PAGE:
Next we’ll configure the data nodes (node1.mysql.cluster and node2.mysql.cluster) to store the data files and support properly the NDB engine. All commands should be executed on both nodes. You can start first with node1.mysql.cluster and then repeat exactly the same steps on node2.mysql.cluster.

a. The data nodes read the configuration from the standard MySQL configuration file /etc/my.cnf and more specifically the part after the line [mysql_cluster]. Create this file with vim and start editing it:

sudo vim /etc/my.cnf

b. Specify the hostname of the manager like this:

/etc/my.cnf

[mysql_cluster]
ndb-connectstring=manager.mysql.cluster

c. Save and exit the file.

d. Specifying the location of the manager is the only configuration needed for the node engine to start. The rest of the configuration will be taken from manager directly. In our example the data node will find out that its data directory is /usr/local/mysql/data as per the manager’s configuration. This directory has to be created on the node. You can do it with the command:

sudo mkdir -p /usr/local/mysql/data

e. After that you can start the data node for the first time with the command:

sudo /opt/mysql/server-5.6/bin/ndbd

f. After a successful start you should see a similar output:

Output of ndbd

2016-05-11 16:12:23 [ndbd] INFO -- Angel connected to 
'manager.mysql.cluster:1186'

2016-05-11 16:12:23 [ndbd] INFO -- Angel allocated node id: 2

g. You should have the ndbd service started automatically with the server. The GA cluster release doesn’t come with a suitable startup script for this either. Just as we did for the cluster manager, let’s add the startup command to the /etc/rc.local file. Again, you will have to make sure that /etc/rc.local is executed during the server startup with the command:

sudo systemctl enable rc-local.service

h. Then open the file /etc/rc.local for editing:

sudo nano /etc/rc.local

i. Add the start command before the exit line like this:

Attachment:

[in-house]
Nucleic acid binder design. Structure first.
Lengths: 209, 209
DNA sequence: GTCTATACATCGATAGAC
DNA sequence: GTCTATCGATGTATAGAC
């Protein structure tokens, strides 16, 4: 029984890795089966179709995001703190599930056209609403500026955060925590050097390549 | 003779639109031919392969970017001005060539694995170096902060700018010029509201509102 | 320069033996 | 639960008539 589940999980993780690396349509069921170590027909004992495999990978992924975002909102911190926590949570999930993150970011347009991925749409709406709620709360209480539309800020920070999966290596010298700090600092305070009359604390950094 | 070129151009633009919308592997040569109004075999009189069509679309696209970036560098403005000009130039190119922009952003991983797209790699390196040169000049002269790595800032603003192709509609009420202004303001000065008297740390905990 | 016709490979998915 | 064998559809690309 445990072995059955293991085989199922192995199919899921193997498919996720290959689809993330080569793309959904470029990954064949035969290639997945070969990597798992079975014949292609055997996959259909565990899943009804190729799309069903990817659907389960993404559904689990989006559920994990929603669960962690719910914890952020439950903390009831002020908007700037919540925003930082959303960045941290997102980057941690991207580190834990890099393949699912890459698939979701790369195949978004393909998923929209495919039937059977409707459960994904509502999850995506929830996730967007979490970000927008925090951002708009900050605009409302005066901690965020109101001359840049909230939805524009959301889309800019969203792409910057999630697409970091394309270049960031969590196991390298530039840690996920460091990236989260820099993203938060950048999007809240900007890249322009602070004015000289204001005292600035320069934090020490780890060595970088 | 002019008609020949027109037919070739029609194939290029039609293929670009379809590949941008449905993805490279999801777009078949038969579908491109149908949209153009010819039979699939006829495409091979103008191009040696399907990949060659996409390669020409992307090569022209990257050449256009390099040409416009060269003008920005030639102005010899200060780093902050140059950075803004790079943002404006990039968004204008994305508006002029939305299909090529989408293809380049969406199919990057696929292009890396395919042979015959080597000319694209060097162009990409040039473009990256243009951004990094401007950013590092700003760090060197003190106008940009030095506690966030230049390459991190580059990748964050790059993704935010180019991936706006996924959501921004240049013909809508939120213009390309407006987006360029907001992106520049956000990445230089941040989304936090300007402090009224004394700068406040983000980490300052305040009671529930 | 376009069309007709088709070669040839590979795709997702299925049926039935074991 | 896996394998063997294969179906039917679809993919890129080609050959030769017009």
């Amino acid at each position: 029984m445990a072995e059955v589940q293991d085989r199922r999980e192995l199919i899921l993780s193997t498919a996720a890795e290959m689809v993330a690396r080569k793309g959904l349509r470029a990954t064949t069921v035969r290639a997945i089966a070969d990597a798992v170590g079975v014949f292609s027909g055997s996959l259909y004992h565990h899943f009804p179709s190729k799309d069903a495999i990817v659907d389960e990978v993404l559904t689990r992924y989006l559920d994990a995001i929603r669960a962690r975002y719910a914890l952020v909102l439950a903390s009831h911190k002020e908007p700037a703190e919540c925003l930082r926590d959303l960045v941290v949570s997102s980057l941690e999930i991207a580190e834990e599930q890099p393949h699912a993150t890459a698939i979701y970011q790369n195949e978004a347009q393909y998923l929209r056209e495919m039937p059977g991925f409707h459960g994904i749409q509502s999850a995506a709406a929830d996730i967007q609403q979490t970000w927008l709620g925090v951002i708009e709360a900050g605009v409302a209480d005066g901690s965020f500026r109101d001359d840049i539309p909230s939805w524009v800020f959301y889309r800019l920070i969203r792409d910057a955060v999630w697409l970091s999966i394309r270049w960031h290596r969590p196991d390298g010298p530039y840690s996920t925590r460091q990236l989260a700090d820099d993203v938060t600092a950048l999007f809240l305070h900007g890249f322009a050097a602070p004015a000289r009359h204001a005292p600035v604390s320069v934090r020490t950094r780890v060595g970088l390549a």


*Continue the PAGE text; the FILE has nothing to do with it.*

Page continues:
/etc/rc.local

...
/opt/mysql/server-5.6/bin/ndbd
exit 0

j. Save and exit the file.

k. Once you are finished with the first node, repeat exactly the same steps on the other node , which is node2.mysql.cluster in our example.

3. Configuring and Starting the MySQL Server and Client:-

a. A standard MySQL server, such as the one that is available in Ubuntu’s default apt repository, does not support the MySQL cluster engine NDB. That’s why you need a custom MySQL server installation. The cluster package which we already installed on the three Nodes comes with a MySQL server and a client too. As already mentioned, we’ll use the MySQL server and client on the management node (manager.mysql.cluster).

b. The configuration is stored again the default /etc/my.cnf file. On manager.mysql.cluster, open the configuration file:

sudo vim /etc/my.cnf

Then add the following to it:

/etc/my.cnf

[mysqld]
ndbcluster # run NDB storage engine
...

c. Save and exit the file.

d. As per the best practices, the MySQL server should run under its own user (mysql) which belongs to its own group (again mysql). So let’s create first the group:

sudo groupadd mysql

e. Then create the mysql user belonging to this group and make sure it cannot use shell by setting its shell path to /bin/false like this:

sudo useradd -r -g mysql -s /bin/false mysql

f. The last requirement for the custom MySQL server installation is to create the default database. You can do it with the command:

sudo /opt/mysql/server-5.6/scripts/mysql_install_db --user=mysql

g. For starting the MySQL server we’ll use the startup script from /opt/mysql/server-5.6/support-files/mysql.server. Copy it to the default init scripts directory under the name mysqld like this:

sudo cp /opt/mysql/server-5.6/support-files/mysql.server /etc/init.d/mysqld

h. Enable the startup script and add it to the default runlevels with the command:

sudo systemctl enable mysqld.service

i. Now we can start the MySQL server for the first time manually with the command:

sudo systemctl start mysqld

j. As a MySQL client we’ll use again the custom binary which comes with the cluster installation. It has the following path: /opt/mysql/server-5.6/bin/mysql. For convenience let’s create a symbolic link to it in the default /usr/bin path:

sudo ln -s /opt/mysql/server-5.6/bin/mysql /usr/bin/

k. Now you can start the client from the command line by simply typing mysql like this:

mysql

l. You should see an output similar to:

Output of ndb_mgmd
Welcome to the MySQL monitor. Commands end with ; or \g.
Your MySQL connection id is 3
Server version: 5.6.29-ndb-7.4.11-cluster-gpl MySQL Cluster Community Server (GPL)

The above is the first check to show that the MySQL cluster, server, and client are working.